The opening line to that essay is one of his best: "In Moulmein, in Lower Burma, I was hated by large numbers of people — the only time in my life that I have been important enough for this to happen to me."

      It makes me chuckle every time.

      5. Charles Bukowski for being a reminder of the dark side of life. His poetry and novels are often crude and misanthropic, but he writes with such clarity and simplicity, such honesty and brutal truth, that he becomes quite an endearing character. He's a gutter poet who has much more insight into the depressed and disillusioned common man than any other person I've ever read. I would suggest his poem "The Genius of the Crowd"

  • Justin

    about 2 years ago

    What would your thoughts be about a libertarian that works for the government? I don't mean someone on the hill trying to change policies to protect liberty, but just an average government employee. A real "cog in the machine" for some bureaucratic department, like the DMV. Would you consider that they sold themself out, putting their ideals on a shelf, out of the way, to make a buck? Ron Swanson makes a funny character on TV, but I don't think it works like that in the real world. 

    I'm still a little new to libertarianism, thanks in a big part to you though. For some reason this scenario keeps coming up in my head and wonder what your opinion would be. Anyways, keep up the good work. 

    • Joey Clark

      about 2 years ago

      Hmmm, I would say it is a bit of a contradiction. It's one thing to express beliefs and another to live them out. I don't see much of an issue with someone in local city government. I wish all government was that small and limited. I tend to keep my focus on the national government. Yeah, if someone claims to be a libertarian yet is a lobbyist for some huge military contractor or, say, an EPA worker, that could be a bit of a problem. Not enough of a problem for me to badger someone about it, but you would have to question what they actually believe in. No matter what people claim to believe in, sometimes their most basic belief is "paying the mortgage or rent."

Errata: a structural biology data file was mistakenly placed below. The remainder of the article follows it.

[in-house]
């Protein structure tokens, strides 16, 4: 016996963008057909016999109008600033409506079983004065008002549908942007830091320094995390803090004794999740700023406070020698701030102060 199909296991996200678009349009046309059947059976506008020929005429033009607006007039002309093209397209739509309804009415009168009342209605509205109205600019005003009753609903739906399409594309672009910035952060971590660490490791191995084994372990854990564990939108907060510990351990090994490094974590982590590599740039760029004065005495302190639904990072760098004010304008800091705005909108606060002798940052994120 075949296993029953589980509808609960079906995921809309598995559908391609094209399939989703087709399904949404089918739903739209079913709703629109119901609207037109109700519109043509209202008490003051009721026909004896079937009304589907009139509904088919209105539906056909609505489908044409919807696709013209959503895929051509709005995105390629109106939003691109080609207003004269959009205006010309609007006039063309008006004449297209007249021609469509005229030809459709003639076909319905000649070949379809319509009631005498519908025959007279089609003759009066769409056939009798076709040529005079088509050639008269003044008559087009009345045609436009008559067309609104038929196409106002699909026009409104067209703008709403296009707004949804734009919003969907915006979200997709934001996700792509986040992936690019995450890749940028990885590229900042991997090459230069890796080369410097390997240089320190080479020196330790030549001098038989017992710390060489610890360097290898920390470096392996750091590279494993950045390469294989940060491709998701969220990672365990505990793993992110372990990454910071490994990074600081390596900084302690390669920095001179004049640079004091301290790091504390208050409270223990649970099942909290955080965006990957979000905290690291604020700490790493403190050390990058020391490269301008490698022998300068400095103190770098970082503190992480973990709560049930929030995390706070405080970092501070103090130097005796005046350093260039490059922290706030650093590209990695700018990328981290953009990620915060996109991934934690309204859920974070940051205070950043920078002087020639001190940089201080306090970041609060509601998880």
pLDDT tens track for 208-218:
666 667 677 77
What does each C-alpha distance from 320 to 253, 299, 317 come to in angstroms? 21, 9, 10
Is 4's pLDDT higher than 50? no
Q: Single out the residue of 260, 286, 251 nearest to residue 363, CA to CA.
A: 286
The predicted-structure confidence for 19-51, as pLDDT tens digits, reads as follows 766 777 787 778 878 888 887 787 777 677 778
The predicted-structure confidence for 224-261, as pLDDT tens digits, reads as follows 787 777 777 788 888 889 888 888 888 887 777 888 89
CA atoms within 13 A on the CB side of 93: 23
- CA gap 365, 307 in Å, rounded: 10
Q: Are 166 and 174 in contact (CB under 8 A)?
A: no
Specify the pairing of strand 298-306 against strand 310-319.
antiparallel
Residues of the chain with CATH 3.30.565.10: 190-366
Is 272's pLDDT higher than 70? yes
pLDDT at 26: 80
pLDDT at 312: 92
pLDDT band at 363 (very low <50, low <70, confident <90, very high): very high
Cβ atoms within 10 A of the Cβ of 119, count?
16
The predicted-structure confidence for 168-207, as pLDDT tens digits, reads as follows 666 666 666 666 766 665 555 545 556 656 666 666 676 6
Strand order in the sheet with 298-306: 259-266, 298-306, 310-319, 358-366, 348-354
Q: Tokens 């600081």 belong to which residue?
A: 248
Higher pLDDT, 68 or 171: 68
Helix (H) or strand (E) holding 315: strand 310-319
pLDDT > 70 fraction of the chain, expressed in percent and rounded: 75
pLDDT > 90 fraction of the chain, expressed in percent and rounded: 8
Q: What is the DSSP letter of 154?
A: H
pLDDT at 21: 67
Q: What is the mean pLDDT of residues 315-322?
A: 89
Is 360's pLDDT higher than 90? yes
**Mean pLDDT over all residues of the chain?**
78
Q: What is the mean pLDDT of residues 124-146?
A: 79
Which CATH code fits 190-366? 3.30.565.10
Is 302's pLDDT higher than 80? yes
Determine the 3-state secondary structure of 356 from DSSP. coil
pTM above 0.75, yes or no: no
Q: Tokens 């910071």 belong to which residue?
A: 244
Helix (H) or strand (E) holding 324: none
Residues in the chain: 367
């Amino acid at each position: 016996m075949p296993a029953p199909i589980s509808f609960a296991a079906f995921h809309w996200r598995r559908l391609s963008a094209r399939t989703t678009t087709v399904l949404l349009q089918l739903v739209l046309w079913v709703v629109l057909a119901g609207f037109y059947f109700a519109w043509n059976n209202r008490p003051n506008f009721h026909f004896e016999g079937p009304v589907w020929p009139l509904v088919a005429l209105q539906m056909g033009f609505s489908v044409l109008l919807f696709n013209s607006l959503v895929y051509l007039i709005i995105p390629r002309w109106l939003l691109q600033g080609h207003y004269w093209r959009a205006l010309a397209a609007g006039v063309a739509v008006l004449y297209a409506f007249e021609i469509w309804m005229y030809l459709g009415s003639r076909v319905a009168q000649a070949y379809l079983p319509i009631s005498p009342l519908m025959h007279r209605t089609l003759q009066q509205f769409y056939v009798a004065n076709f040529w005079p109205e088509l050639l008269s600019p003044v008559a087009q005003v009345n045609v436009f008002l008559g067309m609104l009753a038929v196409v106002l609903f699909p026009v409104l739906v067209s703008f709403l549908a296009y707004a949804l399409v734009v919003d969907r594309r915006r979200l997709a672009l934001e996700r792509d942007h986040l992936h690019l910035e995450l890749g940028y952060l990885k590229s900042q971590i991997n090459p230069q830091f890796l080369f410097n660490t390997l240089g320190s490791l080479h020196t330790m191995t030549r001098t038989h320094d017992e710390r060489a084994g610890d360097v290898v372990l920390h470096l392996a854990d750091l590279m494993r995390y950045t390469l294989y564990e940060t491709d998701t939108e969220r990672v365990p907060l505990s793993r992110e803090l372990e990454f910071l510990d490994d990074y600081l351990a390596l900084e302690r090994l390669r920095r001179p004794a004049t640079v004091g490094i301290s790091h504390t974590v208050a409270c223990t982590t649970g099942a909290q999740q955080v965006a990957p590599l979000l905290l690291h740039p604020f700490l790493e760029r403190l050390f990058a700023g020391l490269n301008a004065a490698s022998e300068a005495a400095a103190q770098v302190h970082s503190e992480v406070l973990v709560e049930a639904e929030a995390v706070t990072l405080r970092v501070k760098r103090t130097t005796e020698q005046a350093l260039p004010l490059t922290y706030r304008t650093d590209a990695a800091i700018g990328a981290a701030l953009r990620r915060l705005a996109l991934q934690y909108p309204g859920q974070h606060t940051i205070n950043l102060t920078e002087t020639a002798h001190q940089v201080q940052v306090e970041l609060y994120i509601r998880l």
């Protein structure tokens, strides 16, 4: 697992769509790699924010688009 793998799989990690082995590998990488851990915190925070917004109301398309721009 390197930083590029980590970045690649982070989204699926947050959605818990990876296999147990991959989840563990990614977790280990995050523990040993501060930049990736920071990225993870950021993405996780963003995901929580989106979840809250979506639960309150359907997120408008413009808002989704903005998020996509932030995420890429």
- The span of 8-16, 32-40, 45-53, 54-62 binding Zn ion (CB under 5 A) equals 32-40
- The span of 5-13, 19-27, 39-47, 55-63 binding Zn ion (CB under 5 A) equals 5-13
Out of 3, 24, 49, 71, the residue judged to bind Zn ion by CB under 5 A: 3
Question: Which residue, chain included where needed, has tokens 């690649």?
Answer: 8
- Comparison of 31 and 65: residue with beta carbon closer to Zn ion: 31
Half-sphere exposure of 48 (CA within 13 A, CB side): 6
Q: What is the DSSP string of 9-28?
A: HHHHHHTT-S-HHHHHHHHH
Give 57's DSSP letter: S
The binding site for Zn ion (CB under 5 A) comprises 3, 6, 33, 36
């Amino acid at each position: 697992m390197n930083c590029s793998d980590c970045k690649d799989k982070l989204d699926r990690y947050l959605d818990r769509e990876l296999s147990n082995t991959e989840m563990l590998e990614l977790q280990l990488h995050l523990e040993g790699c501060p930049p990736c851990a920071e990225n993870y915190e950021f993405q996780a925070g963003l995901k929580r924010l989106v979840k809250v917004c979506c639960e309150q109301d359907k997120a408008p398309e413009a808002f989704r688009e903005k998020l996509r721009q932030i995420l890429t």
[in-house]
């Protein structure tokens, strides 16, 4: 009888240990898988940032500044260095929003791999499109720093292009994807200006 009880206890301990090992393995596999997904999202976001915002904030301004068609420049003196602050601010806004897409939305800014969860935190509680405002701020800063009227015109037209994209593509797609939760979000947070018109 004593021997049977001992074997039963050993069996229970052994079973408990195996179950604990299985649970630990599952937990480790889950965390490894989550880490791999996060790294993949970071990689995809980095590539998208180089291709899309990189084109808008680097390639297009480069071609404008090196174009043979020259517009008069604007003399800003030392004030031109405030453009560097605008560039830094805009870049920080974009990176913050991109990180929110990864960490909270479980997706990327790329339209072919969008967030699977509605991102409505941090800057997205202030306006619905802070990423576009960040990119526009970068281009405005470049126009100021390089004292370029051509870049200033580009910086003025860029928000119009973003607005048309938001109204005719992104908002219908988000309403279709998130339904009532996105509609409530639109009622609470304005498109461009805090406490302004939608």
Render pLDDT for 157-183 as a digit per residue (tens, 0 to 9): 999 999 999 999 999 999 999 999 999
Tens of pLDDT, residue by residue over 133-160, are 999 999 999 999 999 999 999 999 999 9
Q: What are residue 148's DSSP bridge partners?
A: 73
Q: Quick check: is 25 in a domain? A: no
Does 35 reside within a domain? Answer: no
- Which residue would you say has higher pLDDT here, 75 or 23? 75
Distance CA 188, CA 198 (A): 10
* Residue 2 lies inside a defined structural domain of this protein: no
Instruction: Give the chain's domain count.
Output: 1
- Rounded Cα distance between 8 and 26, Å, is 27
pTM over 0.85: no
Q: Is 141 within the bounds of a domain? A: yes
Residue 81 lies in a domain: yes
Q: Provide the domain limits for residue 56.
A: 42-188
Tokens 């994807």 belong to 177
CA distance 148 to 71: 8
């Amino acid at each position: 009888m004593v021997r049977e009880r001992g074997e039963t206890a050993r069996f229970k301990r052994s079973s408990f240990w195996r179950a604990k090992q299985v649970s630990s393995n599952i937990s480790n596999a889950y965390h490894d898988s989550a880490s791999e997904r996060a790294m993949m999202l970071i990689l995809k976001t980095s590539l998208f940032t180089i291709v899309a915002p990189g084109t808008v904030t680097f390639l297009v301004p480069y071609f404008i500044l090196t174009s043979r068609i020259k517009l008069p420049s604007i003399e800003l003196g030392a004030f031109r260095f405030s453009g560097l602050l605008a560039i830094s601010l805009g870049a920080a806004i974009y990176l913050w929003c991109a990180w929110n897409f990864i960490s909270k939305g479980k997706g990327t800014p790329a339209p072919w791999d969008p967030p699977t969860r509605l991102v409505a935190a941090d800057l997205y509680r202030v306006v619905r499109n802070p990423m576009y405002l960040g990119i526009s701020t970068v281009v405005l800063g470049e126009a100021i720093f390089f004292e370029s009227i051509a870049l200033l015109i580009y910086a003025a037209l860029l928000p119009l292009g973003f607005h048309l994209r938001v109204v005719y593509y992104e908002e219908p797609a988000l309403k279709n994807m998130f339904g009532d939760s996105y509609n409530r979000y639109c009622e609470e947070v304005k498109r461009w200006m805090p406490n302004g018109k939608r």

• Isabelle Smith

    about 2 years ago

    Hi Joey! You have a really great radio voice. Did you have to develop your signature rasp, or did it proceed your radio career? What about your cadence? How did you figure out how you wanted to sound on the radio?

    • Joey Clark

      about 2 years ago

      Hi Isabelle, thank you for that. 

      I did have to develop my voice. I didn't want to sound like a crappy radio morning jock, "throwing up" as we say in the business into the microphone. I also didn't want to come across too "down-home" and southern. The rasp came from talking all day, every day. I didn't have that before radio. I listened over and over and over again to speakers I already loved—Glenn Beck, Christopher Hitchens, Prince (in his speaking voice which was quite low,) and even now some professional wrestling personalities like Chris Jericho and Paul Heyman. Of course, my voice is a product of my family and the people I work with every day, learning to porpoisely misuse and mispronounce words as well as produce "sound effects" with my voice for comedic or dramatic effect.

  • Joey Clark

    about 2 years ago

    Thanks, everyone!